Introduce yourself to our audience. Tell us who you are and what you are currently focused on.
Let's begin with this: I never in my dreams anticipated that I would move from the non-profit world of education and administration to co-owning a business whose purpose is to help women shape the conversations with themselves and others to have a HEALTHy and WELLthy journey. However, if there is one thing I have learned in life, it's to be open to my inner voice when it says "You've done enough here; there is something else for you on the horizon". As a new co-owner of She’s It, LLC, I now have the tremendous honor of being Vice President and Editor-and-Chief of our 15 ELM Conversation Channels through which we work diligently for our readers and writers to ELM... Engage, Learn and be Motivated.
How would you define your professional mission?
My professional mission has mirrored my personal commitment to do what I can to shape the attitudes and mindsets of those who hold more power and authority to include rather than exclude “those left out” of society’s institutions. With the current political climate, I feel now more than ever that it's time for women to be "all-in." She's It LLC, as a lifestyle technology and content media company, will do its part to support women in all areas that matter.
What is one of your most memorable career accomplishments?
This trajectory has been memorable in many ways, but none so much as what I was able to accomplish for an African American college student before she succumbed to cancer. In the world of higher education, honorary doctorate degrees are traditionally given to those who bring visibility and status. I saw an opportunity to expand the conversation to include giving an honorary bachelor’s degree for this student who demonstrated more than the qualities and “standards” usually identified. Beginning with a letter to the President and with much, much back and forth; including with this student’s pastor, mother and college Dean, at the last moment my request… our request... was granted. In reading her journey to the audience, and the President’s conferral of the degree, there wasn’t a dry eye nor seated person in the house. Two weeks later she died. I can’t express how much this meant to her, her mother and those she loved. I was and am still very humbled to have been a part of this young woman’s life.
We’d love to hear more about your career path. What led you to where you are today?
I knew enough in high school that I would be a teacher, but somewhere, somehow, I also knew deeper inside that I wouldn’t always be one. From there to now, I’ve followed my inner guide to positions and roles I never dreamed of – administrator, professor, department chair. Then the election and Women’s March… and here I am, co-owning company for women. Never say never!
Who are your role models?
My role models have been regular people who saw me and my needs at times that were critical. I could not have gone far in my education if it wasn’t for individuals helping me find scholarships and jobs, paid internships and graduate assistantships. Through grant writing for teaching scholarships and philanthropic endeavors, I hope I’ve paid back in some measure what I’ve been given.
What is your morning ritual?
I have adapted to the time needs of the various positions I have held; so sometimes that means a quick wash, dress and out the door to having a leisurely wake-up. I know it’s supposed to be good to have a breakfast in the morning, but perhaps because of how I grew up; meals haven’t been a place for reflection. I like driving for that. I also like long showers, so most mornings are not the best time.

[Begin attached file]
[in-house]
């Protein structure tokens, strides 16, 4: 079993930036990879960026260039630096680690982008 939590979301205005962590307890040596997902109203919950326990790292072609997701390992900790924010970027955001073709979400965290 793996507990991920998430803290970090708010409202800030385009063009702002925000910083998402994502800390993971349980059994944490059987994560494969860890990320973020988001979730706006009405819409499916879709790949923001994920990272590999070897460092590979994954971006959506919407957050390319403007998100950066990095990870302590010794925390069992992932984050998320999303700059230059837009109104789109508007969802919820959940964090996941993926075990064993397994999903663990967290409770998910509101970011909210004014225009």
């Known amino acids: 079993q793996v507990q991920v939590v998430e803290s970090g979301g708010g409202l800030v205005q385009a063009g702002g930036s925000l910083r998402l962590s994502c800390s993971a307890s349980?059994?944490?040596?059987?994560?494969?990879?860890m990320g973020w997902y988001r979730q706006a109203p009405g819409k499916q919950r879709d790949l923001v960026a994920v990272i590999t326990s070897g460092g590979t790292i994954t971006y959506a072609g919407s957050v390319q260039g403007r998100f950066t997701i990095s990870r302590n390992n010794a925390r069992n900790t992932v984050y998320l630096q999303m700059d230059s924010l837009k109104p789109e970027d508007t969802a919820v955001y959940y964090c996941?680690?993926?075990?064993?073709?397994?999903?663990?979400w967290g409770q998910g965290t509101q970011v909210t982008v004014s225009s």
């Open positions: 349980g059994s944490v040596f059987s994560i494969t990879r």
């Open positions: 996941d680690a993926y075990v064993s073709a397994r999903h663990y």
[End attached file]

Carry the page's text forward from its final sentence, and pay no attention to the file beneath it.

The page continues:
What would you say your personal superpower is?
I am a high-energy learner who has a growth rather than a fixed mindset. I learned early that a fixed mindset causes much turmoil and even grief. If any person has only one vision of what reality is, or what possibilities are; or what can or cannot happen; then that boxes in not only the particular person, but also the persons who happen to be in his or her sphere of influence.
Is work-life balance a problem for you? What is one no-fail tactic you use to create balance?
I have received much satisfaction from what I was do professionally, so in that way I am fortunate. However, I have made room for gardening and hiking and poetry. Poetry was a late life addition as I began to write to make sense of my younger years. Hiking was on hiatus for a very long time until more recently. I’ve found that I love to hike for the pleasure of it. So, I imagine I will do more of it!
What advice would you offer future leading ladies wishing to break into your industry?
Companies for and about women need to be led by women; and many are not. I think today’s politics opens many doors for women to find their place to stand, and to uplift all women. You can begin in any industry! What it will take to succeed is no real secret... persistence, guts, and willingness to collaborate and include, rather than compete with or ignore, all women.
Tell us about your favorite Ellevate Network memory or success story. Why are you a member?
Rarely do I recall women (including me!) speaking from what truly matters to them. Becoming an Ellevate Executive Council member, however, has been nothing short of invigorating. In addition to participating in monthly Ellevate gatherings in Philadelphia and the suburbs, I’ve attended two meetings in New York City, the latest one being the Diversity Summit. Truly it has opened my world to many more voices of women sharing their time and commitments to become more visible in their worlds and it has made my commitment to She’s It even more compelling.